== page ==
definition of copy by The Free Dictionary

cop·y

 (kŏp′ē)

n. pl. cop·ies

1.

a. An imitation or reproduction of an original; a duplicate: a copy of a painting; made two copies of the letter.

b. Computers A file that has the same data as another file: stored on the server a copy of every document.

c. One example of a printed text, picture, film, or recording: an autographed copy of a novel.

2.

a. Material, such as a manuscript, that is to be set in type.

b. The words to be printed or spoken in an advertisement.

c. Suitable source material for journalism: Celebrities make good copy.

v. cop·ied, cop·y·ing, cop·ies

v.tr.

1. To make a reproduction or copy of: copied the note letter for letter; copied the file to a disk.

2. To follow as a model or pattern; imitate. See Synonyms at imitate.

3. To include as an additional recipient of a written communication: Please copy me when you reply to her.

v.intr.

1. To make a copy or copies.

2. To admit of being copied: colored ink that does not copy well.

3. To hear clearly or understand something said by radio communication: Mayday. Do you copy?


[Middle English copie, from Old French, from Medieval Latin cōpia, transcript, from Latin, profusion; see op- in Indo-European roots.]

cop′y·a·ble, cop′i·a·ble adj.

American Heritage® Dictionary of the English Language, Fifth Edition. Copyright © 2016 by Houghton Mifflin Harcourt Publishing Company. Published by Houghton Mifflin Harcourt Publishing Company. All rights reserved.

copy

(ˈkɒpɪ)

n, pl copies

1. an imitation or reproduction of an original

2. a single specimen of something that occurs in a multiple edition, such as a book, article, etc

3. (Journalism & Publishing)

a. matter to be reproduced in print

b. written matter or text as distinct from graphic material in books, newspapers, etc

4. (Journalism & Publishing) the words used to present a promotional message in an advertisement

5. (Journalism & Publishing) journalism informal suitable material for an article or story: disasters are always good copy.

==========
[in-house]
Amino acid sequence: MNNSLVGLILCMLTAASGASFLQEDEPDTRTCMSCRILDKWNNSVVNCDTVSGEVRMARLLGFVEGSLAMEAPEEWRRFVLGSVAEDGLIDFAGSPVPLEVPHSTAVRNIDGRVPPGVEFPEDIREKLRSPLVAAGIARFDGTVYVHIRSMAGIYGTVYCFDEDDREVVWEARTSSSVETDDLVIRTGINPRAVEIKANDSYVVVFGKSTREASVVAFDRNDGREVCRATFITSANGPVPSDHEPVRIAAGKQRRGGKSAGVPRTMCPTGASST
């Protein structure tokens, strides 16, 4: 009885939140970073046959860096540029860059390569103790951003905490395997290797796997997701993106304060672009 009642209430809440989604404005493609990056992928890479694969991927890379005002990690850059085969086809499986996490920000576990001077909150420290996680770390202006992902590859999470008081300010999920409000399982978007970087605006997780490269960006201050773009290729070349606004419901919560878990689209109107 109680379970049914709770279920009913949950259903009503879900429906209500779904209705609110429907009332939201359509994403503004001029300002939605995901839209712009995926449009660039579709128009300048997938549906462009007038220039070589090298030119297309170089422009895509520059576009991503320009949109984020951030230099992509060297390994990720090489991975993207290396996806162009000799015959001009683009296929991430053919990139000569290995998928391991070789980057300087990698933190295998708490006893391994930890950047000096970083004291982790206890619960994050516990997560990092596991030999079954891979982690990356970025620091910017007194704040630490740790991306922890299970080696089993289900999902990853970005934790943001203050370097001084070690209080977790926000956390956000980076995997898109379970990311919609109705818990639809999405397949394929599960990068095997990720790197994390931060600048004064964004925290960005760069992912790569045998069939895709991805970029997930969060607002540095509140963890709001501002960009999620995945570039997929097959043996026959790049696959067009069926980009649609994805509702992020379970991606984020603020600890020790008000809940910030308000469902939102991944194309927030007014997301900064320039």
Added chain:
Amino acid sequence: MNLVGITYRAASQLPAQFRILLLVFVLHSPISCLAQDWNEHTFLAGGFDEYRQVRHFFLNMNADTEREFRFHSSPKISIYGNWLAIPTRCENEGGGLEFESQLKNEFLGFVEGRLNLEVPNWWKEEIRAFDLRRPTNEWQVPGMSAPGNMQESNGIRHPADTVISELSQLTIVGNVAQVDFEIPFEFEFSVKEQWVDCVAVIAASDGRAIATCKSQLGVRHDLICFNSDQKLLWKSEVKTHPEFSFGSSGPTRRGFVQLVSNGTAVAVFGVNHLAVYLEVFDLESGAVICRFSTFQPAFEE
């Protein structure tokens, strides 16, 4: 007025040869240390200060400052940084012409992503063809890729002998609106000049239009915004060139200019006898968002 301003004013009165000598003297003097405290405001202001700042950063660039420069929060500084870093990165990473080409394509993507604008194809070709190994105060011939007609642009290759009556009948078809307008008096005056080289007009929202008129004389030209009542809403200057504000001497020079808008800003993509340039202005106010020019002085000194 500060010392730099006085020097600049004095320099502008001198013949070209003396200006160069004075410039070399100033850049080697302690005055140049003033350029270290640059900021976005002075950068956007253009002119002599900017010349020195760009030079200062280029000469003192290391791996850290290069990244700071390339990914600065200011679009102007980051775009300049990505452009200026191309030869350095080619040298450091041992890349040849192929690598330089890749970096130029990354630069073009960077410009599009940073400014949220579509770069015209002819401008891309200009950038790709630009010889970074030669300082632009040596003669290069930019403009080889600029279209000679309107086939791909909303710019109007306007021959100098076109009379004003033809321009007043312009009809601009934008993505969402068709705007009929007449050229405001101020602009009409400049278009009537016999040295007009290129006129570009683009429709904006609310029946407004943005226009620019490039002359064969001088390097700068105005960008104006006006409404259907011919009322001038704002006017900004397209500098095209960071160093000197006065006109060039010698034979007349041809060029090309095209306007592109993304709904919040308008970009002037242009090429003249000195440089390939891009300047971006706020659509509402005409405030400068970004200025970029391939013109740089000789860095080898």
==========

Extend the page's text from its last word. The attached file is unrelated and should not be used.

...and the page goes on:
6. (Printing, Lithography & Bookbinding) archaic a model to be copied, esp an example of penmanship

vb, copies, copying or copied

7. (when: tr, often foll by out) to make a copy or reproduction of (an original)

8. (tr) to imitate as a model

9. (intr) to imitate unfairly

[C14: from Medieval Latin cōpia an imitation, something copied, from Latin: abundance, riches; see copious]

Collins English Dictionary – Complete and Unabridged, 12th Edition 2014 © HarperCollins Publishers 1991, 1994, 1998, 2000, 2003, 2006, 2007, 2009, 2011, 2014

cop•y

(ˈkɒp i)

n., pl. cop•ies, for 1, 2, 7, 9,
v. cop•ied, cop•y•ing.
n.

1. an imitation, reproduction, or transcript of an original: a copy of a famous painting.

2. one of the various examples or specimens of the same book, engraving, or the like.

3. matter intended to be reproduced in printed form.

4. the text of a news story, advertisement, television commercial, or the like.

5. something newsworthy: Political gossip is always good copy.

7. Archaic. something that is to be reproduced; model.

v.t.

8. to make a copy of; transcribe; reproduce.

9. to follow as a pattern or model; imitate.

v.i.

10. to make a copy or copies.

11. to undergo copying: It copied poorly.

[1300–50; Middle English copie (cōpia copy, Latin: abundance, means; see copious]

Random House Kernerman Webster’s College Dictionary, © 2010 K Dictionaries Ltd. Copyright 2005, 1997, 1991 by Random House, Inc. All rights reserved.

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